Many environmental doomsayers followed. In 1971, the biologist and one-time Presidential candidate (on the Citizen’s Party ticket) Barry Commoner predicted in The Closing Circle that by the end of the century our “plundered” planet would run out of fossil fuels and precious minerals. “The earth is polluted neither because man is some kind of especially dirty animal nor because there are too many of us. The fault lies with human society—with the ways in which society has elected to win, distribute, and use the wealth that has been extracted by human labor.” In 1972 the Club of Rome’s report on “the Predicament of Mankind,” The Limits to Growth, predicted that economic growth would cease by the start of the 21st century. In 1974 Worldwatch Institute founder Lester Brown proved that the religious do not have a monopoly on the Apocalypse when he predicted in that farmers “can no longer keep up with rising demand,” and in 1981 that “global food insecurity is increasing,” and in 1989 that “our oldest enemy, hunger, is again at the door,” and in 1991 that the planet was like the sinking Titanic and Americans the uncomprehending passengers blind to “the scale of the ongoing degradation of the planet,” and in 1995 that “Humanity’s greatest challenge may soon be just making it to the next harvest,” and in 1997 that “Food scarcity will be the defining issue of the new era now unfolding,” and in a 2012 Scientific American article he answered in the affirmative his own rhetorical question, “Could food shortages bring down civilization?”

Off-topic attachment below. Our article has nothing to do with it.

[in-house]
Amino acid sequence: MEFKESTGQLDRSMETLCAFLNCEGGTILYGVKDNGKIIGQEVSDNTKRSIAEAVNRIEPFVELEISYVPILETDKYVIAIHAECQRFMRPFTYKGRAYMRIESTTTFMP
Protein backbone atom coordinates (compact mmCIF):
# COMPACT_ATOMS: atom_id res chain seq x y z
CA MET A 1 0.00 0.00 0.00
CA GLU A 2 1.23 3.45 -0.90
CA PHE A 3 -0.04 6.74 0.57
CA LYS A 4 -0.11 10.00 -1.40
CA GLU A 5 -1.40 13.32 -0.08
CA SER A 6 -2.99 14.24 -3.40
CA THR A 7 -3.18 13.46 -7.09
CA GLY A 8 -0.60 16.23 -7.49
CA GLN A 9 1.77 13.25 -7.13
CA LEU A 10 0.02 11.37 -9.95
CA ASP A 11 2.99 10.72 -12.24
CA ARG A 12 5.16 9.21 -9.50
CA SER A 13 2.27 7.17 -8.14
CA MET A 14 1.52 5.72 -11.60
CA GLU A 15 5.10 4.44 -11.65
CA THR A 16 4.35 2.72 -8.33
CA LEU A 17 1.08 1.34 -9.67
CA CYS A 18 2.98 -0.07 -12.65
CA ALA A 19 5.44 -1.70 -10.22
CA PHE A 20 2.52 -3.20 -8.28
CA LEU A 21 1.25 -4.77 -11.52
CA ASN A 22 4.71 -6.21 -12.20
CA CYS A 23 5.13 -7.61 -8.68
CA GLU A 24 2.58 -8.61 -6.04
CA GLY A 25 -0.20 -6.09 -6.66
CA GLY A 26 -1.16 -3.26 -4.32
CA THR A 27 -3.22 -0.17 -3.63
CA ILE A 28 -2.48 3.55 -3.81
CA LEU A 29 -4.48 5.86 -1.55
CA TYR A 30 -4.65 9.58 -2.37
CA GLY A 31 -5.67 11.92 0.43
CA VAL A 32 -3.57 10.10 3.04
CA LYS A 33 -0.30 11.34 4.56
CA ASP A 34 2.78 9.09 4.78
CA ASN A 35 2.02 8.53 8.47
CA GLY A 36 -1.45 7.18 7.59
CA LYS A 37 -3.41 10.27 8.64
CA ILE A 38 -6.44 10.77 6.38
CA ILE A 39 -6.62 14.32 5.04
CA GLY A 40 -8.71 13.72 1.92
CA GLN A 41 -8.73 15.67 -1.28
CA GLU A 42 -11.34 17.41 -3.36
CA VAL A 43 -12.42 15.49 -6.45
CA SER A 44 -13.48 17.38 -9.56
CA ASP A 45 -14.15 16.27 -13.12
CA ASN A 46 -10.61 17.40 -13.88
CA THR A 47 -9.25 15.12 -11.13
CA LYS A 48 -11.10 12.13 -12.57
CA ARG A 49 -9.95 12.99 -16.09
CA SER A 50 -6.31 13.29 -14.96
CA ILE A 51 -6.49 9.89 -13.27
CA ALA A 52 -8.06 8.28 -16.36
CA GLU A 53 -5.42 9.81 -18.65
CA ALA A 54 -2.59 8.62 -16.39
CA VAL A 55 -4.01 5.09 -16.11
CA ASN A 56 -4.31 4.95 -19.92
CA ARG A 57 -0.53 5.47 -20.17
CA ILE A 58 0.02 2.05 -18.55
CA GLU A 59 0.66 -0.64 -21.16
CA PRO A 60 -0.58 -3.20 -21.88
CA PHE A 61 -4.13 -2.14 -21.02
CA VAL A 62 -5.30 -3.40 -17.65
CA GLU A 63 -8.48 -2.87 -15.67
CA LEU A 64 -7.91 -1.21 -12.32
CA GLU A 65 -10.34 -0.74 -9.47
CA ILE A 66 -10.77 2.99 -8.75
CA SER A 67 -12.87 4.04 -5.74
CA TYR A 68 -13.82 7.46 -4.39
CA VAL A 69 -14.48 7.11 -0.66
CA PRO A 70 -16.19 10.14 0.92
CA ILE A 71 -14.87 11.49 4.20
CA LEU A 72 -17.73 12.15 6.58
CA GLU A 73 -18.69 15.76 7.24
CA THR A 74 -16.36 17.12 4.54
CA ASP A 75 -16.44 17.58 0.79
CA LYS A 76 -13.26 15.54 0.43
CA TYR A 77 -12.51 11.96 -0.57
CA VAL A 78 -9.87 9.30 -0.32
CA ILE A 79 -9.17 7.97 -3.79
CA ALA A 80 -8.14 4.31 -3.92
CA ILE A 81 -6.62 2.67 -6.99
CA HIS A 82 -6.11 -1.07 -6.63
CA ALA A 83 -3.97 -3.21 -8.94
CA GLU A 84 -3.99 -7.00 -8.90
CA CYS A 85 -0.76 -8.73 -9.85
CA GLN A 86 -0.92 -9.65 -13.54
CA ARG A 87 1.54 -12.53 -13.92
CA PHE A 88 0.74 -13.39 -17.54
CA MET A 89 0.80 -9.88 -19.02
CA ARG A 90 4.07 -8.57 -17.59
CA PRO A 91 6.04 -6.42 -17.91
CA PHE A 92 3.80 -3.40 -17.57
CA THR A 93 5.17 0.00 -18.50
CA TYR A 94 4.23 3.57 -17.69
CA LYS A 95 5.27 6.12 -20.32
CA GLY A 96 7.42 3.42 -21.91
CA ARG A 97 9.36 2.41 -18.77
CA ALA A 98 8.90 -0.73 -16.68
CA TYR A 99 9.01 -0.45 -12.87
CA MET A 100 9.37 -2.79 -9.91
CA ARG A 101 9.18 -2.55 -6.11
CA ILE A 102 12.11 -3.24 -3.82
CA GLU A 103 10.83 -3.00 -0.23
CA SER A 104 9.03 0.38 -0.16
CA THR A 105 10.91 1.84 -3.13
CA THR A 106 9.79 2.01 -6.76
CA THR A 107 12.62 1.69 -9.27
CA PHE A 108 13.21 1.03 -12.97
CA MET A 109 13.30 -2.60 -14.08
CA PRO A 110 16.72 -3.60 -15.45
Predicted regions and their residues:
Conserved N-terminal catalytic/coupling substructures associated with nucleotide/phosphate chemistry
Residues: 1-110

It’s the end of the world as we know it, and I feel fine.

Such population pessimism had its roots in the 1798 publication of Thomas Robert Malthus’s book An Essay on the Principle of Population. Therein the political economist noted that populations tend to increase geometrically (2, 4, 8, 16…) whereas food reserves grow arithmetically (2, 3, 4, 5…), leading to a catastrophic collision that historically led to famines and plagues, or what came to be known as a Malthusian collapse. “The power of population is so superior to the power of the earth to produce subsistence for man, that premature death must in some shape or other visit the human race.” In order to avert doomsday, policy makers since Malthus tended to embrace social Darwinism and eugenics and to resort to draconian measures to restrict family size, including forced sterilizations.